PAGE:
We were one of those. London was our road not taken. Shortly after we got married, John had been shortlisted for a job interview at Chelsea and Westminster Hospital in the most expensive part of London. We were excited at the idea but when he didn't get the job, we also breathed a sigh of relief. In another lifetime perhaps it would have been right for us.

On the day we arrived and after a short nap at the hotel, we took Isaac to the National History Museum to say hello to the famous roaring T-rex in the dinosaur exhibition. It was mid-afternoon when we got there and although it was still very busy, there were no longer any queues to get in.

Along with the dinosaurs, we saw an expansive collection of stuffed animals that got the little one asking questions but it was really the earthquake simulator and volcanic eruptions that he found most exciting.

The next day we took the Thames River cruise which gave us the river view of iconic images from this great city all the way to Greenwich.

In Greenwich we had lunch at the market where we met a man selling antiques who told us the story of his life and how he brought us his kids successfully. We didn't buy anything but we both gained a lot from the exchange.

We walked up the hill for an amazing view of the country's capital and on a sunny day, it was breath-taking.

We took the tube back to Hyde Park where we met my childhood friend Jaja, 21 years after we said goodbye on our elementary graduation. London is like that - a melting pot, a meeting place.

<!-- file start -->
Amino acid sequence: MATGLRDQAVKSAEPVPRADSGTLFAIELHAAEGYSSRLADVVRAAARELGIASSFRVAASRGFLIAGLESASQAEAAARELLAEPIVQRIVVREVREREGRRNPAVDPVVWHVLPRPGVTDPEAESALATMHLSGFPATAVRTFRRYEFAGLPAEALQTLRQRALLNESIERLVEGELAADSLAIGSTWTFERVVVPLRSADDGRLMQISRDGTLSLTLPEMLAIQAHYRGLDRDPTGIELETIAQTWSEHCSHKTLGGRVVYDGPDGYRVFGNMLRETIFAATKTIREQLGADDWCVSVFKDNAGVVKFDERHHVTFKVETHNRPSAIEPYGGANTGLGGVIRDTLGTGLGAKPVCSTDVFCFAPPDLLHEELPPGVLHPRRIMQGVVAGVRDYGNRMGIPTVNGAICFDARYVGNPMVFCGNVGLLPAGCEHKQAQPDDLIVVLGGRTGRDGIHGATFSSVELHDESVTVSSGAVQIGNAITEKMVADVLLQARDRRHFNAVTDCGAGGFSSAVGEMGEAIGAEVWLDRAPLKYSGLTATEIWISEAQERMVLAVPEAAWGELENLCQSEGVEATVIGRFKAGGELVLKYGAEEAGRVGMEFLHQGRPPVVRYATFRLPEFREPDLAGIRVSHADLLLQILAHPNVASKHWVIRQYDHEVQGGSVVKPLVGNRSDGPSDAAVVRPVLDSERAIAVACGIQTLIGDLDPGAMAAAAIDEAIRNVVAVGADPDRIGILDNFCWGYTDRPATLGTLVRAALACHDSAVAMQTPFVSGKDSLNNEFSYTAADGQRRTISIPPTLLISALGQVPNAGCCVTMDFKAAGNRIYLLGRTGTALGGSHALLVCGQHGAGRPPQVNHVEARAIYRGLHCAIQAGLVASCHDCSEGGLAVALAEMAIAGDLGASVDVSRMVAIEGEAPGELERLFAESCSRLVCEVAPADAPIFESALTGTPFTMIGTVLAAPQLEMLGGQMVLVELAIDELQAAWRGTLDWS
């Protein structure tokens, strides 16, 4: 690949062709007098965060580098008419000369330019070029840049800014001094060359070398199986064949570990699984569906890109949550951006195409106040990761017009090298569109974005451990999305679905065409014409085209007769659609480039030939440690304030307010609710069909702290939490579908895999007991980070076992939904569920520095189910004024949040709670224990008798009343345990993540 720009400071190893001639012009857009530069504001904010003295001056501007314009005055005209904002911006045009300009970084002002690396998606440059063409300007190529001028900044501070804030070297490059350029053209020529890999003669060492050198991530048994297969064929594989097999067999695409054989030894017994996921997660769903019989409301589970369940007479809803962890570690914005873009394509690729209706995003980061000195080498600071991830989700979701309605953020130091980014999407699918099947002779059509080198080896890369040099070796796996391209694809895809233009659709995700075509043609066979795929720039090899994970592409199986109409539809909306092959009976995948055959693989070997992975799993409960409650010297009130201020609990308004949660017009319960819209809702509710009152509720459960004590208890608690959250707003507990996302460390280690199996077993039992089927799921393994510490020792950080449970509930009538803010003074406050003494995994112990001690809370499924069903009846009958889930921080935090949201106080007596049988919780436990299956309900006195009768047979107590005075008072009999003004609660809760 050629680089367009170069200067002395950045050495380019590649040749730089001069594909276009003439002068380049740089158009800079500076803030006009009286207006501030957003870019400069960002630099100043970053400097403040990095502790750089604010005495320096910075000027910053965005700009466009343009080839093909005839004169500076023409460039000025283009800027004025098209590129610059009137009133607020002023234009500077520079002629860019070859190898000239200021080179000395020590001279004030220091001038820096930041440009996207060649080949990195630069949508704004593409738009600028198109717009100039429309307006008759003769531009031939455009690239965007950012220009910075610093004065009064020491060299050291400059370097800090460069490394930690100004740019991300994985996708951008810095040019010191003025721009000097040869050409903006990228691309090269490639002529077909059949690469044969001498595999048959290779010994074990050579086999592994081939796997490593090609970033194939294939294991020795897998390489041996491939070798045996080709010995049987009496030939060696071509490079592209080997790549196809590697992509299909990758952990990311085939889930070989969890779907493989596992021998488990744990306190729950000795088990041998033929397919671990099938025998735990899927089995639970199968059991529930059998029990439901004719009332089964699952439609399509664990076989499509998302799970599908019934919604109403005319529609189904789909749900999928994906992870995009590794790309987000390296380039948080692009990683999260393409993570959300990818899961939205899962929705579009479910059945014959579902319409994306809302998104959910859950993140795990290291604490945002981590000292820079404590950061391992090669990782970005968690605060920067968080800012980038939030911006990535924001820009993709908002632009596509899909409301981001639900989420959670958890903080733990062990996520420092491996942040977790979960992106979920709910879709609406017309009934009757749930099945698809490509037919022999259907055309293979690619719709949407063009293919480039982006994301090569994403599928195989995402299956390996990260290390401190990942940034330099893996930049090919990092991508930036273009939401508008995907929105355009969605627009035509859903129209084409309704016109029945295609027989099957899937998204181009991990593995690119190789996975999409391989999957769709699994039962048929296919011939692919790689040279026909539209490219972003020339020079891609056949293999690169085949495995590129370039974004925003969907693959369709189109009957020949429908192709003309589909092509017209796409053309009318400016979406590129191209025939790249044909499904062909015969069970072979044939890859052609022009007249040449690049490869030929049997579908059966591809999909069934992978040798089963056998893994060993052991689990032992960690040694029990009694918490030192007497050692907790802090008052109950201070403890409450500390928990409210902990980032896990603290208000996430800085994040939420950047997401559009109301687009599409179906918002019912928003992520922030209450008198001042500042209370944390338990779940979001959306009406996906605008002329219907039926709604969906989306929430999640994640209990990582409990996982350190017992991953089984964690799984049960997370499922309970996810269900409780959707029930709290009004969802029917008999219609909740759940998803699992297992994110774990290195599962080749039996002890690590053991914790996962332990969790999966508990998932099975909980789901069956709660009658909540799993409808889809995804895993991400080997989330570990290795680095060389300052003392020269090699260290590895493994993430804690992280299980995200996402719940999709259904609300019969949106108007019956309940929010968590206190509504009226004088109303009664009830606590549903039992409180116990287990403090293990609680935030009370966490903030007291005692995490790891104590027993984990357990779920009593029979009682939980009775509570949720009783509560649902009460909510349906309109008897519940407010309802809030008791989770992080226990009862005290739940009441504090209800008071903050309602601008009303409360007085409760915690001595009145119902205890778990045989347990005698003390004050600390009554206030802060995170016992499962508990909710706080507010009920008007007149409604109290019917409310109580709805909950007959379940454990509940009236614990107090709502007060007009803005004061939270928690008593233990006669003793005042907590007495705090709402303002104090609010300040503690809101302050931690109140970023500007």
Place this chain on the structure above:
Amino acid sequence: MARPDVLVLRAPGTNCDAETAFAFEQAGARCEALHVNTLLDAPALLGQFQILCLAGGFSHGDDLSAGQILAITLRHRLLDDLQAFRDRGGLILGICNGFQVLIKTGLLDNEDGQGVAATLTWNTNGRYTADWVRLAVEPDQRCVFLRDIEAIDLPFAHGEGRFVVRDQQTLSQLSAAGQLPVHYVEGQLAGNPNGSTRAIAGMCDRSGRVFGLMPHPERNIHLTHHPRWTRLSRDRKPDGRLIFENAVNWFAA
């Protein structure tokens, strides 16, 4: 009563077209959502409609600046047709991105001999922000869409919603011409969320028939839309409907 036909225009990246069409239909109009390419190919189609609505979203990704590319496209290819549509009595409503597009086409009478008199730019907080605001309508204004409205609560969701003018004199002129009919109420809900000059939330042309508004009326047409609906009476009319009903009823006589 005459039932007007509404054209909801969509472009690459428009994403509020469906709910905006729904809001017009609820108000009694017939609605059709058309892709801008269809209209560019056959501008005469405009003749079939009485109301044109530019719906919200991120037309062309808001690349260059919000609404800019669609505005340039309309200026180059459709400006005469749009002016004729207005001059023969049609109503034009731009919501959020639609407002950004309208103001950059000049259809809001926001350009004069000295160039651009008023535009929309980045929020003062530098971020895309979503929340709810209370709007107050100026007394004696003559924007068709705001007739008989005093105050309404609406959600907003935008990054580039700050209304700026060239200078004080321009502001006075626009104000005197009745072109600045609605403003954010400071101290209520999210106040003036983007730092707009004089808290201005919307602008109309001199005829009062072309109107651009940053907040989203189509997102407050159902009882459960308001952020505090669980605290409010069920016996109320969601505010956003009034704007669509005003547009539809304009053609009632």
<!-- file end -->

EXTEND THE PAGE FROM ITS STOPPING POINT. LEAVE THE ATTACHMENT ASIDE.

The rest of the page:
While walking along the Serpentine towards the Museums Quarter we caught up over the last two decades of our lives as though we only saw each other yesterday. It is always fascinating meeting old friends - the path of your life has made you a different person but they always remind you that you are still the same inside, and it makes you grateful.

We went to the V&A Museum to take part in the Mexican celebration of 'The Day of the Dead'. We danced to the beat of their lively music and took part in a conga line of happy people moving like a slithering snake. But Isaac was getting tired so our reunion was cut too short. We left Jaja to an exciting student life in London where she is doing a master's degree on the prestigious Goldsmiths with an invitation to visit our home in Sheffield.

The next day we went to Wembley, the home of England's football team, for a stadium tour. For a five-year-old boy whose heart flutters with anything football, this was heaven on earth. We took his photos with the jerseys worn by his footballing heroes and when reached the highlight of the tour - the walk outside the tunnel to greet the what would normally be an expectant crowd - he volunteered to lead our side. He seemed a bit too grown up then and even his daddy, another football-crazed male specie, couldn't help but feel emotional once we reached the pit.

Then it was home-bound in the afternoon with tube closures everywhere that it took us nearly an hour to get to St Pancras from Hammersmith. On the train back, we whizzed past the Midlands and then crossed the non-existent border to the North, where it is greener and the pace of life is a little bit slower. As the train slowed down to approach Sheffield train station, I felt glad to be back to my daily grind.

I will never get tired of London, but I will only take it one dose at a time.